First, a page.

Profit is indeed the company’s added value. But the employees’ value is what they must be paid to add value plus the profit made from employing them.

If it costs £100k a year to employ Mr. Newman, and Total makes £50k a year profit per employee, then Mr. Newman must be adding £150k a year of value through his labour.

This also balances our GDP accounting. GDP is the measure of all value added in the economy. GDP is also all incomes – all incomes to both labour and capital. Thus all value added must be equal to all payments to people, whether labour or capital holders.

Hunh, tsk, these youngsters trying to invade on the turf of us old timers.

Well done to the Independent for this economic analysis

The big figure is the predicted rate of growth of the UK economy for next year, which was 2.2 per cent in the Budget in March. It could go down to about 1.3 per cent. The Treasury’s own prediction of the effect on the economy of the referendum vote, simply by denting confidence in economic prospects, turned out to be embarrassingly pessimistic, but the devaluation of the pound is bound to start to have effects next year, first on inflation but then on growth.

A falling exchange rate is contractionary upon the economy?

Who knew?

The butcher and the baker

Now Facebook is evil because neoliberalism:

But the fact is that rather than serving this goal, Facebook’s AIs are servicing a far older and more well-established social goal, which was designed for the betterment of mankind. This is the goal of maximising value in pursuit of economic self-interest.

Neoliberal economics is based on the idea that the pursuit of individual, economic self-interest leads to the creation of greater value, which benefits society and results in the emergent betterment of mankind.

And people say that American academia isn’t crazily left wing.

This first para explains it all

Childcare workers are underpaid because we’re women. We are the working poor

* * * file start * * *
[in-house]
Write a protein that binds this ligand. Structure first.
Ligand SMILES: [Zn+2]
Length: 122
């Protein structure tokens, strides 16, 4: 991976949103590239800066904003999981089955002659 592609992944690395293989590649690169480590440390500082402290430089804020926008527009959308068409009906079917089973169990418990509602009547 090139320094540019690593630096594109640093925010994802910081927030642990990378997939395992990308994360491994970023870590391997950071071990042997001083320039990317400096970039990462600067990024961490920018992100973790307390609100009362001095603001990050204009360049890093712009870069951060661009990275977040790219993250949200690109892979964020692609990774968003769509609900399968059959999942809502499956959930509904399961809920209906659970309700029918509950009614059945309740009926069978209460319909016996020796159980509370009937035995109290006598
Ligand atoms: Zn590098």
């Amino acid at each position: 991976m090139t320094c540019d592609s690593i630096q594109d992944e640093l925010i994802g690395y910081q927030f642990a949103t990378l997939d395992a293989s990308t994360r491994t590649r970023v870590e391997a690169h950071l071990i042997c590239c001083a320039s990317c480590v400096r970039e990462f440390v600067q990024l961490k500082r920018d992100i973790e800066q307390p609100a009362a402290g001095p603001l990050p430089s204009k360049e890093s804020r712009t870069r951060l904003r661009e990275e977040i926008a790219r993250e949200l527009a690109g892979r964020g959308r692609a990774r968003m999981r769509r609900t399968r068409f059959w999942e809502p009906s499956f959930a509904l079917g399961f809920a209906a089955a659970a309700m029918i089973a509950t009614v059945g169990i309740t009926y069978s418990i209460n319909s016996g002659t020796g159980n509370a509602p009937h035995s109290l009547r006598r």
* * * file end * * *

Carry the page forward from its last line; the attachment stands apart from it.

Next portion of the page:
Margaret Carey
Women are exploited because of our capacity to put others’ needs ahead of our own. We are underpaid because we care – and we’re angry

So that’s the description from the subeditors. The first para reads:

I first began working in the childcare sector in 1990. As a recent graduate with a degree in visual arts, it was the obvious career path to become a cook in a long day care centre for toddlers! It was a non-profit community-based service and resonated with my values and beliefs.

Getting a job that resonates with your values and beliefs is pay luvvie. And perhaps the degree and career choice could have been more closely aligned?

When I began to have children of my own, the position became untenable. Around the birth of my first child I discovered a couple of things that really unsettled me.

First, as a spouse, I was not considered by society as an individual at all. I was without independence and completely financially reliant on my partner. I had never been without the ability to earn some money, and the feeling that I was now individually penniless was a humiliating discovery. To be clear, it was a feeling of my own doing as my partner had no qualms about being the breadwinner and did not in any way play a guilt trip on me but I profoundly felt as if I had been robbed of something.

Err, yes, the family is the primary economic unit among us humans. Not unusual among viviparous mammals either.

Oil giant Exxon Mobil is trying to win a reduction on a massive $74bn fine it has been hit with by a Chad court in a row over oil royalties.

Don’t think so, really.

What I can’t work out though is who is making the mistake here.

Chad’s oil exports are some $2.5 billion a year. Sure, the price was double a couple of year’s back, but they’ve only been pumping since 2003. and that $2.5 is all oil, not just Exxon.

The argument appears to be about a 2% or 0.2% royalty.

And yes, fines there are twice whatever the sum in dispute is.

But $74 billion still looks more like the total value of all oil ever pumped than any sum that could possibly be in dispute.

So, who has fucked up here? Bloomberg, the original source of the report? Or Chad?

By request

While we’re off-topicking this post, and in the vein of stuff-I’d-probably-pay-you-for-if-it-was-easy, I’d be interested in Tim’s take on Chris’s ‘defence’ of globalization here (or rather on his list of alternative culprits)